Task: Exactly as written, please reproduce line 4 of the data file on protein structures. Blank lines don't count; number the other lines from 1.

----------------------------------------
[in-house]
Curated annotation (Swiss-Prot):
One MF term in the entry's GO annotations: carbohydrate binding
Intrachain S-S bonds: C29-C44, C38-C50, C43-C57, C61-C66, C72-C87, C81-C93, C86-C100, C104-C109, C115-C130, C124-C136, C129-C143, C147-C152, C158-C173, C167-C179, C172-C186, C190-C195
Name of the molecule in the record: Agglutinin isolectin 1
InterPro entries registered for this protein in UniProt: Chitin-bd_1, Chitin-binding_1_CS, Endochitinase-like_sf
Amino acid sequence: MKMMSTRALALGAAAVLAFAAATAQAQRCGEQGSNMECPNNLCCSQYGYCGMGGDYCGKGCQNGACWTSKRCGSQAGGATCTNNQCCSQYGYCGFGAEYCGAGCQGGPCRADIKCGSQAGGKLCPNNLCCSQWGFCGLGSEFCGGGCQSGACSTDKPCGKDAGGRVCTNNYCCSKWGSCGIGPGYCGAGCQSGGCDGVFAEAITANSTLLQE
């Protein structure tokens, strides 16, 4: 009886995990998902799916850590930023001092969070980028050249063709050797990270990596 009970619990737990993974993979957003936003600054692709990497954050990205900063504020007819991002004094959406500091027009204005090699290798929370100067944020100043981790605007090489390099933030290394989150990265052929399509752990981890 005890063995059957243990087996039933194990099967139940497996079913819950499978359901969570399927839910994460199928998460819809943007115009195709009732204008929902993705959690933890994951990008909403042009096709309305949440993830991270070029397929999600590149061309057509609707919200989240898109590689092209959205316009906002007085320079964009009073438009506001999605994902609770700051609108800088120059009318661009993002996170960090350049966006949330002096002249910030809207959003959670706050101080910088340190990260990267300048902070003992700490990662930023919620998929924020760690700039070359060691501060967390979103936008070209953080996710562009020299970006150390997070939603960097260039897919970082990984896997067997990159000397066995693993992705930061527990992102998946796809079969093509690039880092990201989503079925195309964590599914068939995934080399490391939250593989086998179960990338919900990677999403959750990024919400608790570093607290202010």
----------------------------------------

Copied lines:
Intrachain S-S bonds: C29-C44, C38-C50, C43-C57, C61-C66, C72-C87, C81-C93, C86-C100, C104-C109, C115-C130, C124-C136, C129-C143, C147-C152, C158-C173, C167-C179, C172-C186, C190-C195